Staying afloat in the Capital Region: Beer Bones in Latham adapting to taproom closures


LATHAM, N.Y. (NEWS10) — Several local business owners are seeing substantial changes to their business models and are having to adapt to the rapid changes the New York State government is implementing in order to stop the spread of COVID-19.

Staying Afloat in the Capital Region is a digital series focusing on how local businesses are surviving amid the global health crisis. This segment features Beer Bones, a taproom and beer shop in Latham, a business that normally thrives with in-person interaction.

Owner and operator Rory Regan said they closed their doors on March 16 after Governor Cuomo mandated all restaurants, bars, and gyms to close their doors. The business transitioned into a beer and liquor take-out and delivery service to keep business moving and to engage with their customers during these difficult times.

Due to the sudden decline in service, Regan said the management team had to furlough their six employees. He said luckily most of the employees had other full-time jobs, but he made sure to communicate with and help out the staff members who depended on Beer Bones as a form of income.

“Nobody by any means is fired, they will still have their jobs once things get back to normal, we just can’t afford to have anyone else on staff right now,” he said.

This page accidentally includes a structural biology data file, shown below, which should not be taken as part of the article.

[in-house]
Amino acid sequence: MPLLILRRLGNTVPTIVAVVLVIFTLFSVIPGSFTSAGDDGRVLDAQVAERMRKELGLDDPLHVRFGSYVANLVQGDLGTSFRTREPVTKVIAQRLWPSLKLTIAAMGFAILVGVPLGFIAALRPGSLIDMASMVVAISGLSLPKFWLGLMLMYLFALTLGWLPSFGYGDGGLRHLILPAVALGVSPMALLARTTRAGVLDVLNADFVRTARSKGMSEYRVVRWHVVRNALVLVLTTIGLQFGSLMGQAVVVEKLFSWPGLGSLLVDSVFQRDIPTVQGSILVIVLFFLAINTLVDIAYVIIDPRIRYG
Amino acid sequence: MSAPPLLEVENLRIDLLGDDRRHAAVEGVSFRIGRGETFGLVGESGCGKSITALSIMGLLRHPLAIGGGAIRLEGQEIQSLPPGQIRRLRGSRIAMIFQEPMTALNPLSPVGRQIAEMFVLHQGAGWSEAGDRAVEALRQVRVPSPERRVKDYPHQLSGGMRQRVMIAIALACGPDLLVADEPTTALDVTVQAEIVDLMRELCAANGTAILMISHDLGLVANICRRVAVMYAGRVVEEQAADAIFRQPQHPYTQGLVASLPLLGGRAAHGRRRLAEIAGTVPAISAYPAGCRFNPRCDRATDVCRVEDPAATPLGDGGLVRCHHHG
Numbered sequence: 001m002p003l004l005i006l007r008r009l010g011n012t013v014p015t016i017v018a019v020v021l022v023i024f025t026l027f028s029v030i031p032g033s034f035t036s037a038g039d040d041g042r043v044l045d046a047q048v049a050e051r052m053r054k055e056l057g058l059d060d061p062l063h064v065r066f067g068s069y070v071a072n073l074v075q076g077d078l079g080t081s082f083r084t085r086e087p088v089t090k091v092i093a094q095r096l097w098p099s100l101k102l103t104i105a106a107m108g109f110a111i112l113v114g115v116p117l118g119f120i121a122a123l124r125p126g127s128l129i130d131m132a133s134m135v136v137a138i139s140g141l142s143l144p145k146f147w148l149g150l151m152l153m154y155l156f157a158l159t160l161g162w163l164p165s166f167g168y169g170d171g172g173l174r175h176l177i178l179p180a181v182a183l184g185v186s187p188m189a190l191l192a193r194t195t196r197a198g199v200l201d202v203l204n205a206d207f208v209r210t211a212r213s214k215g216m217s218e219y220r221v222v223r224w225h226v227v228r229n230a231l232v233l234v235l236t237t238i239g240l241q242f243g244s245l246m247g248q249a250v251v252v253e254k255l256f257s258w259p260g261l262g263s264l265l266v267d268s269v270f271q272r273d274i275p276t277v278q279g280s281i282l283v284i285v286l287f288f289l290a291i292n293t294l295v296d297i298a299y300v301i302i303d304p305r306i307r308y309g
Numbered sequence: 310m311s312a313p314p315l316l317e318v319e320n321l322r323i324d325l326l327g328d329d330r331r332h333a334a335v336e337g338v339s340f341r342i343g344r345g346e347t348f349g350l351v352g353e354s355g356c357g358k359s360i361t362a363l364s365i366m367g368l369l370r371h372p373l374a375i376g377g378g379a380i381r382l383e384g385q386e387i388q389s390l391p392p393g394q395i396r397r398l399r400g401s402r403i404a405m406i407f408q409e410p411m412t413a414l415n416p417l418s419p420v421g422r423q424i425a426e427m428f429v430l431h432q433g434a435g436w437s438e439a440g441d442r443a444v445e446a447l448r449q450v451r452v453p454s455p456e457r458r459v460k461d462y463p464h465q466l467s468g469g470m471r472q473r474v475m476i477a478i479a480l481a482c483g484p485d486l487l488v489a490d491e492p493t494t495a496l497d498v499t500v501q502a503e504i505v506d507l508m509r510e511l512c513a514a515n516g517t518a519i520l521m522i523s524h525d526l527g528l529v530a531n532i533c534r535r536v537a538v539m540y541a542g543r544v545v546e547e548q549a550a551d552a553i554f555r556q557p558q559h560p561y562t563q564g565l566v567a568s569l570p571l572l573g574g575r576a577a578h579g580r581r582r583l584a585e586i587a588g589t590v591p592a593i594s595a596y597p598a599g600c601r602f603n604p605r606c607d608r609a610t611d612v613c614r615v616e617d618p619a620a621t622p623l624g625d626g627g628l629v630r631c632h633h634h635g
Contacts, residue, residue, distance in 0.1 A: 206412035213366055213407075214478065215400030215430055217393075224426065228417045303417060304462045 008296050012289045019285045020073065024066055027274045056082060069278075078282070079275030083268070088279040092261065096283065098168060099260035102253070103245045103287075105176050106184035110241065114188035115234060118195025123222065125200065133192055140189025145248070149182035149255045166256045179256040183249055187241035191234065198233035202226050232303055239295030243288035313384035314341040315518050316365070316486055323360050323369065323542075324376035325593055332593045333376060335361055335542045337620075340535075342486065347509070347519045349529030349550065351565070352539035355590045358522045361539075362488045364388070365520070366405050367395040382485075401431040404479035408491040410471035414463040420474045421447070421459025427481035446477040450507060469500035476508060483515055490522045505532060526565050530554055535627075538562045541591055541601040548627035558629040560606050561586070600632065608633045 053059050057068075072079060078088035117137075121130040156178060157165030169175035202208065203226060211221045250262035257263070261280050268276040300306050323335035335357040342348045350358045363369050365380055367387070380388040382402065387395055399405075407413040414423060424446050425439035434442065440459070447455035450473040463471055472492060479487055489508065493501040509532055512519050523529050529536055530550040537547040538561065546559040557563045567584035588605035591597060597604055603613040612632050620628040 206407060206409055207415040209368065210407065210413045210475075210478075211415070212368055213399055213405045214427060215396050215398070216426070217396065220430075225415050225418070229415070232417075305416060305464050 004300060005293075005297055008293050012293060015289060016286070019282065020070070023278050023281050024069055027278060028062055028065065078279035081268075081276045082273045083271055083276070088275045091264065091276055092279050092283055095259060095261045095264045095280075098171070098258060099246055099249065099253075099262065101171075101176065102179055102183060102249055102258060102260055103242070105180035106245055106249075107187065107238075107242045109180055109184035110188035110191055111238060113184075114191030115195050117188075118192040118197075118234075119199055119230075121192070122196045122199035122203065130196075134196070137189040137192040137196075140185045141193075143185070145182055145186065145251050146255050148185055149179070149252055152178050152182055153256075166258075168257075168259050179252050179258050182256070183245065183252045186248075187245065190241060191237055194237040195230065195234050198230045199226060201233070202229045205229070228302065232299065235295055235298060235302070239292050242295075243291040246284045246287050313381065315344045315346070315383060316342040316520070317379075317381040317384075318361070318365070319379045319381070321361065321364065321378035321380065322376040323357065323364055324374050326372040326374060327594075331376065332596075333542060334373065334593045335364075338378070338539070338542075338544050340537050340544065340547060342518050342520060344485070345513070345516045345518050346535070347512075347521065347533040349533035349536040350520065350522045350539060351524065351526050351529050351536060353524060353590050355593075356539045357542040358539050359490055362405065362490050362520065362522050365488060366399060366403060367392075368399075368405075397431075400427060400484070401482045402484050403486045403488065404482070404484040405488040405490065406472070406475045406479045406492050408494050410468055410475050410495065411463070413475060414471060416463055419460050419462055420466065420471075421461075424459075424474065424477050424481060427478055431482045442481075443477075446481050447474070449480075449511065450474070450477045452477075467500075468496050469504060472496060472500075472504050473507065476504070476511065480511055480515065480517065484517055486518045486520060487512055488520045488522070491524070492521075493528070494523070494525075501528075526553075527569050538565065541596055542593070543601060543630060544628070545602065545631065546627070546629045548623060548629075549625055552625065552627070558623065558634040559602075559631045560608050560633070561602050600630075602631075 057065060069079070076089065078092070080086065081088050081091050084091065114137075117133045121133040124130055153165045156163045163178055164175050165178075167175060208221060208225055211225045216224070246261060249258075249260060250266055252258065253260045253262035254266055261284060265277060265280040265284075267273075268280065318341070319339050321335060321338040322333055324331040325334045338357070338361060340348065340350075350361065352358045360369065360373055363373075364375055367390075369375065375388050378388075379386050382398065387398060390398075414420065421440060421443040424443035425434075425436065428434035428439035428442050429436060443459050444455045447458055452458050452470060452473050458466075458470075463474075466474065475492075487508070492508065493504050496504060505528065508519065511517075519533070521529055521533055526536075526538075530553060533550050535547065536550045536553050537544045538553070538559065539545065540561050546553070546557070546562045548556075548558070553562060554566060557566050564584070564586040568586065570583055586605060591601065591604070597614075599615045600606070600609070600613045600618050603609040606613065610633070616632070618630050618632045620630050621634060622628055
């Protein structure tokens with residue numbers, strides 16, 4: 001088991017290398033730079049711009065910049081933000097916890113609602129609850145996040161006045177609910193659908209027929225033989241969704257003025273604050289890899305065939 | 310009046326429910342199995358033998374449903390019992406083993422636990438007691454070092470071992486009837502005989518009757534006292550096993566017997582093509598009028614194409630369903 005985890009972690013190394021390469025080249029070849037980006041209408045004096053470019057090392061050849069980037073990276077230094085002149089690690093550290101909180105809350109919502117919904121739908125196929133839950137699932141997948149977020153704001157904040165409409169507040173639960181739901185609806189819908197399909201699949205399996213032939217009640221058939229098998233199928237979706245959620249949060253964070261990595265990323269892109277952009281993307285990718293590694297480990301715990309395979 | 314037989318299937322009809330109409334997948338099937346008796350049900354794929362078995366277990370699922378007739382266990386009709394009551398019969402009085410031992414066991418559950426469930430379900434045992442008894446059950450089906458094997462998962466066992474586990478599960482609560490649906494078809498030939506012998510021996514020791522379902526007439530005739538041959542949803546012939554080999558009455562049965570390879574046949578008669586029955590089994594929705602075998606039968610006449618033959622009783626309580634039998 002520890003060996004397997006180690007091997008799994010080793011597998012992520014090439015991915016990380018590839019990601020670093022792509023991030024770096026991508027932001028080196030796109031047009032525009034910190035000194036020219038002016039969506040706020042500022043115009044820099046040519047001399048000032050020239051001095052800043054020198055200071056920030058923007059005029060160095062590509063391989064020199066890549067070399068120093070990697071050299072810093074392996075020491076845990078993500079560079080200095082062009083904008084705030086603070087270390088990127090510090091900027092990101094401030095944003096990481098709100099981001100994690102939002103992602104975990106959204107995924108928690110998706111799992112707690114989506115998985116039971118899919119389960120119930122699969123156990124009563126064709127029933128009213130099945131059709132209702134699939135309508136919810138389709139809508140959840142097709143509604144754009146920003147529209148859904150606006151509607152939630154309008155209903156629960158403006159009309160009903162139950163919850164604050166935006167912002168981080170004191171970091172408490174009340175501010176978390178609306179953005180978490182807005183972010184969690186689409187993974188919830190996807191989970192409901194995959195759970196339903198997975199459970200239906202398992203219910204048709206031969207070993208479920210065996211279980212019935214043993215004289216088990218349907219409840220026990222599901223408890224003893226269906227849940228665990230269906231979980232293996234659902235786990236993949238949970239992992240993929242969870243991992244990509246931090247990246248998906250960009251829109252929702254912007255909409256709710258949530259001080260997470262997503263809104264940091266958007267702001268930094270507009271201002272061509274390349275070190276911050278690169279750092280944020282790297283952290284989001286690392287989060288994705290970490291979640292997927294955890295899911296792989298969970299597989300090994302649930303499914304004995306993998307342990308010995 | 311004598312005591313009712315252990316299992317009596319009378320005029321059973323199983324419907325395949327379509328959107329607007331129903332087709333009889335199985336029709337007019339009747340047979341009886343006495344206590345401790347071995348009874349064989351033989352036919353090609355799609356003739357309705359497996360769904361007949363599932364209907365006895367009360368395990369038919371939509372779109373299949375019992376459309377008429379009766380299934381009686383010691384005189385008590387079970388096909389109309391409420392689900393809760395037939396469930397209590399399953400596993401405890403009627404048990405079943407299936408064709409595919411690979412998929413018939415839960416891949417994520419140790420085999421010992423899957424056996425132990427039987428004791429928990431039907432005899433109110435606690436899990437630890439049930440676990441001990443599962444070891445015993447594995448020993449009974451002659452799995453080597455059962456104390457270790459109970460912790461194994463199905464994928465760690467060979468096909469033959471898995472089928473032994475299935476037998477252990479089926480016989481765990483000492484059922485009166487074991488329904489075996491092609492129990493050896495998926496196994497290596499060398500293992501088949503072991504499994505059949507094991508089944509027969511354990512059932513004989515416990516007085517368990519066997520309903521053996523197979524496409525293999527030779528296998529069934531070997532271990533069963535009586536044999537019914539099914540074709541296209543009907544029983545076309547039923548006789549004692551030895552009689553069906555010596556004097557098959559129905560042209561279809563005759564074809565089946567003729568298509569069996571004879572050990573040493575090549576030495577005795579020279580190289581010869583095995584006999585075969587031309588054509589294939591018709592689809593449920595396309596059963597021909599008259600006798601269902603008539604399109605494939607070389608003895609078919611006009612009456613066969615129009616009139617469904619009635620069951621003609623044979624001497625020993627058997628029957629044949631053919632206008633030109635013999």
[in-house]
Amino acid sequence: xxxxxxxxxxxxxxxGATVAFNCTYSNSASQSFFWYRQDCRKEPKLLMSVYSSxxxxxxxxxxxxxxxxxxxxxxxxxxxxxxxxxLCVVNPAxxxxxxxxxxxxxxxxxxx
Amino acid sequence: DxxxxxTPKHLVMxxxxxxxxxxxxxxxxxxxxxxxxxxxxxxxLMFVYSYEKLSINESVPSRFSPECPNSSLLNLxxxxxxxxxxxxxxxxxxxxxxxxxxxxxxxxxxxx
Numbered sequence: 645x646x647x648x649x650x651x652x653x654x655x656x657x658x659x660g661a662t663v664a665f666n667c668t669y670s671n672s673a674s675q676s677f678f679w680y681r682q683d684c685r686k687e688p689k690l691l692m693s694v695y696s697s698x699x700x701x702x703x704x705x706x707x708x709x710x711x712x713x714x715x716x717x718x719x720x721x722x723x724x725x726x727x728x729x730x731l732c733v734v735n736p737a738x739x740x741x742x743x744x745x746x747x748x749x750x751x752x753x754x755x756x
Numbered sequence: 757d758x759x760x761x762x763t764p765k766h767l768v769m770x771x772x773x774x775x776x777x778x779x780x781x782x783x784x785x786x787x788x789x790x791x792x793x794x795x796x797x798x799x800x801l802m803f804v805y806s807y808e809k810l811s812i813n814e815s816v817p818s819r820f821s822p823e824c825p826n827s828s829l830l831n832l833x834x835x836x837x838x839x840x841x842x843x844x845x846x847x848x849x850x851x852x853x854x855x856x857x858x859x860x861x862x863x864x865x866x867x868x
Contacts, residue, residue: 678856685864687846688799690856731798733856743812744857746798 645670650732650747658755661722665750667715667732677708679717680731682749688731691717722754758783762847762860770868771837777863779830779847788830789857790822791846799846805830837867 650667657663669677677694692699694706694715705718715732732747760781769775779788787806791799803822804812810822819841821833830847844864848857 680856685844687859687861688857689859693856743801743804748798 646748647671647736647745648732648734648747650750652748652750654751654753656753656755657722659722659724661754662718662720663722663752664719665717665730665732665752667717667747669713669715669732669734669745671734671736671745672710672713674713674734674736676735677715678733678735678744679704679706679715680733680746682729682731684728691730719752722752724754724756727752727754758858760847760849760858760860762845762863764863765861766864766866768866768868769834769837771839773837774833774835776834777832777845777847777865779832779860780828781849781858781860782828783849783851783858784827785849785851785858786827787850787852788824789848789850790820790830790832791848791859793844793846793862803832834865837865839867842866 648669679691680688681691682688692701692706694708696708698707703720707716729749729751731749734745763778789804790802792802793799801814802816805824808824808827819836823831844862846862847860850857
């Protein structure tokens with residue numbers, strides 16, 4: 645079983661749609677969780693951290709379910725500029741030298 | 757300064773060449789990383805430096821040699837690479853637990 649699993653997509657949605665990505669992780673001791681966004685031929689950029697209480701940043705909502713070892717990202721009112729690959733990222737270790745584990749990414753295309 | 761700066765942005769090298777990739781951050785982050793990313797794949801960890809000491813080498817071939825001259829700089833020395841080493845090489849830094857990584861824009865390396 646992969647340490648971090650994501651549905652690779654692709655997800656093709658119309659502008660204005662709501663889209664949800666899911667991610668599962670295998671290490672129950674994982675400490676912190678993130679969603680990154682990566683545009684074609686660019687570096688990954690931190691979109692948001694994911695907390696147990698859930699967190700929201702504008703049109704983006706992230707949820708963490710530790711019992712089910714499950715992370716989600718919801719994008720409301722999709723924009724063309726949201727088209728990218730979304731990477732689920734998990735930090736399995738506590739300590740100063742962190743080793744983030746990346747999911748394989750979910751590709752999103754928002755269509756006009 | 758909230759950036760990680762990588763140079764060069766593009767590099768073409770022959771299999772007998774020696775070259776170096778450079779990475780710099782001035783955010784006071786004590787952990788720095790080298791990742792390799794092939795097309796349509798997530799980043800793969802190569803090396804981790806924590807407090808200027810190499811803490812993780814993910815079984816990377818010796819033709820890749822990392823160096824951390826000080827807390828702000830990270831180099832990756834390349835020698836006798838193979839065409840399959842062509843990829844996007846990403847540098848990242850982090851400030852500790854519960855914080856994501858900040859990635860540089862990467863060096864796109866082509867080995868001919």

Regan is part owner of the taproom in Latham. He said during a normal week he spends most of his time at the bar taking care of orders and manning the bar, now he is operating the business solo.

“It keeps me busy, driving from Clifton Park to Colonie back and forth takes up pretty much the whole day so it keeps me from going stir crazy inside my home,” he said.

To keep up with costs, Regan has been filling out paperwork and learning about the small business loans the government is offering during this time.

He said he is taking advantage of the down-time to think of how he can improve the bar for their clients in the future. They were just about to open a patio for the spring and summer months.

He said he is hopeful things get better by June so they can have their annual grand opening party.

“I don’t know how long we are going to be in this situation but our plan is to make keep making deliveries until we can open our doors again,” he said.

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